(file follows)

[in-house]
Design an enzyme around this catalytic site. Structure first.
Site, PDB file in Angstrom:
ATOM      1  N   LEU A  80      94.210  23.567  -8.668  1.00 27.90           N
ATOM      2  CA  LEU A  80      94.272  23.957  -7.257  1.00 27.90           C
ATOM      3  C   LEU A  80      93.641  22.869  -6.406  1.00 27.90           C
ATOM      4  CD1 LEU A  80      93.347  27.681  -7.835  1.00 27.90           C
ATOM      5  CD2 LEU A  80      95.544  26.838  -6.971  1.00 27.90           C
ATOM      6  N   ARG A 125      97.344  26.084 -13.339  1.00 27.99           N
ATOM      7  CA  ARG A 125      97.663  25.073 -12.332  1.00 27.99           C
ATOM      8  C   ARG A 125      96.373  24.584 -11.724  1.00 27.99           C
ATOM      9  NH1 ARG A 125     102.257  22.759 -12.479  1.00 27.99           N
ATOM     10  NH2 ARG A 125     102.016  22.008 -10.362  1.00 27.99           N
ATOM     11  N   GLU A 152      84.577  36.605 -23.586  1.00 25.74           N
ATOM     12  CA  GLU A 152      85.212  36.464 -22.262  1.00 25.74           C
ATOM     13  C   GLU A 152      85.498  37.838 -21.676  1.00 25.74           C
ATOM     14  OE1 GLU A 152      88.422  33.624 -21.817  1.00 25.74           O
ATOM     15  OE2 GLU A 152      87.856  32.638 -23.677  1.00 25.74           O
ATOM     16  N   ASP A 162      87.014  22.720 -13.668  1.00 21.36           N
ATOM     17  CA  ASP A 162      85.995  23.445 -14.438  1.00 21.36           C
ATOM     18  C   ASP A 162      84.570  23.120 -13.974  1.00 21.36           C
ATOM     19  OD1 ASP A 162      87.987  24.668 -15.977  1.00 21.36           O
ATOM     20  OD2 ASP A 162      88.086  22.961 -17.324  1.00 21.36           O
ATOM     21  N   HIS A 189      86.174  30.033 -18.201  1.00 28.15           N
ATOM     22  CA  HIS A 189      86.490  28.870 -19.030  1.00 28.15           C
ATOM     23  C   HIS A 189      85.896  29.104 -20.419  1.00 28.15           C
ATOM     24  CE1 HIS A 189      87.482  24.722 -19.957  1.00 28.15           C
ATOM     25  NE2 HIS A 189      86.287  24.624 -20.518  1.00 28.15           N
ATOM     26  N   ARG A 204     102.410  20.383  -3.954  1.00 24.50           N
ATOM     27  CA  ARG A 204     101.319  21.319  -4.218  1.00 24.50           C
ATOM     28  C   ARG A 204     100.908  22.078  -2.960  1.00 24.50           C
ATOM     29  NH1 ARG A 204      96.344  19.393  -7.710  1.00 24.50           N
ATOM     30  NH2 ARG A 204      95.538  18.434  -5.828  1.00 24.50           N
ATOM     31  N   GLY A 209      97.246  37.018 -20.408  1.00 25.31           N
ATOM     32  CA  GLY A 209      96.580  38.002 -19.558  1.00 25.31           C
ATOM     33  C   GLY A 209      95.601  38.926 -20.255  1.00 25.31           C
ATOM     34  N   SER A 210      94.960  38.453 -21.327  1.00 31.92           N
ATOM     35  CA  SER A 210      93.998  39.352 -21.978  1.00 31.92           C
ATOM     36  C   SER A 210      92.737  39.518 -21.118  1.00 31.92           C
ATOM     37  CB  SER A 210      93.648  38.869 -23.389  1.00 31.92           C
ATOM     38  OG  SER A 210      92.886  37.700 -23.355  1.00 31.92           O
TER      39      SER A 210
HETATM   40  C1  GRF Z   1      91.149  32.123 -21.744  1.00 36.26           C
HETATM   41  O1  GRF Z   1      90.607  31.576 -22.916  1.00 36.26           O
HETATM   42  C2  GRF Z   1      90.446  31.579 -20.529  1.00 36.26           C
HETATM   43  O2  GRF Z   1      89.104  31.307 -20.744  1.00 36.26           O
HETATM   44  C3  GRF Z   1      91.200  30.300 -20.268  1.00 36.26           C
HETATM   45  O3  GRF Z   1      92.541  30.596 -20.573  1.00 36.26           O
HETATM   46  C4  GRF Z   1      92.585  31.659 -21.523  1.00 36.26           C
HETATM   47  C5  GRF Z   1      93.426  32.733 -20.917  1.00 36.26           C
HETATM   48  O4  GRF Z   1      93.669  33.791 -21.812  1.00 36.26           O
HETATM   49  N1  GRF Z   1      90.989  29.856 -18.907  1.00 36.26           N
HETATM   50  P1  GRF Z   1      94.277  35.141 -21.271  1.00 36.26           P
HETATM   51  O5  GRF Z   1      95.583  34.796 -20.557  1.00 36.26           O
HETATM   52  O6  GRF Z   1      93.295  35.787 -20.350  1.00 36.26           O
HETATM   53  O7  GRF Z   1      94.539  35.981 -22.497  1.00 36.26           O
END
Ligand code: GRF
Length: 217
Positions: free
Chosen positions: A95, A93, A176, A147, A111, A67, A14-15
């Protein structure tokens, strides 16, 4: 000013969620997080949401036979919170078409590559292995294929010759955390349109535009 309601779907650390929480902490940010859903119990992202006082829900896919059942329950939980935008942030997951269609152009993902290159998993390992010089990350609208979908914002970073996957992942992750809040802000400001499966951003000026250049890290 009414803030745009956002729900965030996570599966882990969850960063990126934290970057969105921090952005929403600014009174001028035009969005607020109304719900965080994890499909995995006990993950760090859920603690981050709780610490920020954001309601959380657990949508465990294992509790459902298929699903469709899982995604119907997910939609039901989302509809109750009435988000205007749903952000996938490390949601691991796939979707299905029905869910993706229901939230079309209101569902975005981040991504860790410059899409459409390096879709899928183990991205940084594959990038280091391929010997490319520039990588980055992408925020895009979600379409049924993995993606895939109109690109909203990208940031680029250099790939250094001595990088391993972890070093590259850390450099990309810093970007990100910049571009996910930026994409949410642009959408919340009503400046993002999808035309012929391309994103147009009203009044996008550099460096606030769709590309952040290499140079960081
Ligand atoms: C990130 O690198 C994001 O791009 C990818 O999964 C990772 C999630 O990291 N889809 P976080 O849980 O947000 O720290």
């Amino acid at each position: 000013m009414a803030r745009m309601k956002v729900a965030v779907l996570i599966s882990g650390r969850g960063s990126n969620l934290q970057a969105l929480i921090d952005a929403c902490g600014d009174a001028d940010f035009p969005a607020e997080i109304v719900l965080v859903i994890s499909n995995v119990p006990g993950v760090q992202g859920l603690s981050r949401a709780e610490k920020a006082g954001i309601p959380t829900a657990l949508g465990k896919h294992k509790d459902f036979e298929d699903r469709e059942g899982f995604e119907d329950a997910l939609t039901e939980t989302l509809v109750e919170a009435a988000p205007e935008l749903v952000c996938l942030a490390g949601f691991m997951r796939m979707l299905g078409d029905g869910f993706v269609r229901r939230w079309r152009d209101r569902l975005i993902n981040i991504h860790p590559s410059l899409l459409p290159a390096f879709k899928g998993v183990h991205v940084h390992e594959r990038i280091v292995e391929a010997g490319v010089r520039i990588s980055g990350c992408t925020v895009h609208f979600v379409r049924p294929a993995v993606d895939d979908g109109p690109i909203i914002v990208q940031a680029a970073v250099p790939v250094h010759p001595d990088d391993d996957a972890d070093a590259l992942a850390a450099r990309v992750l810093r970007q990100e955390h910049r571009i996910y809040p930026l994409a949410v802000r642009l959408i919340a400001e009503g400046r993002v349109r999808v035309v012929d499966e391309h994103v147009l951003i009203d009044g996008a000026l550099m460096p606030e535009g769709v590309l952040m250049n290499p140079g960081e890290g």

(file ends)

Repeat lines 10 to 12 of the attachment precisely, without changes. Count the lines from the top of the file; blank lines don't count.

ATOM      7  CA  ARG A 125      97.663  25.073 -12.332  1.00 27.99           C
ATOM      8  C   ARG A 125      96.373  24.584 -11.724  1.00 27.99           C
ATOM      9  NH1 ARG A 125     102.257  22.759 -12.479  1.00 27.99           N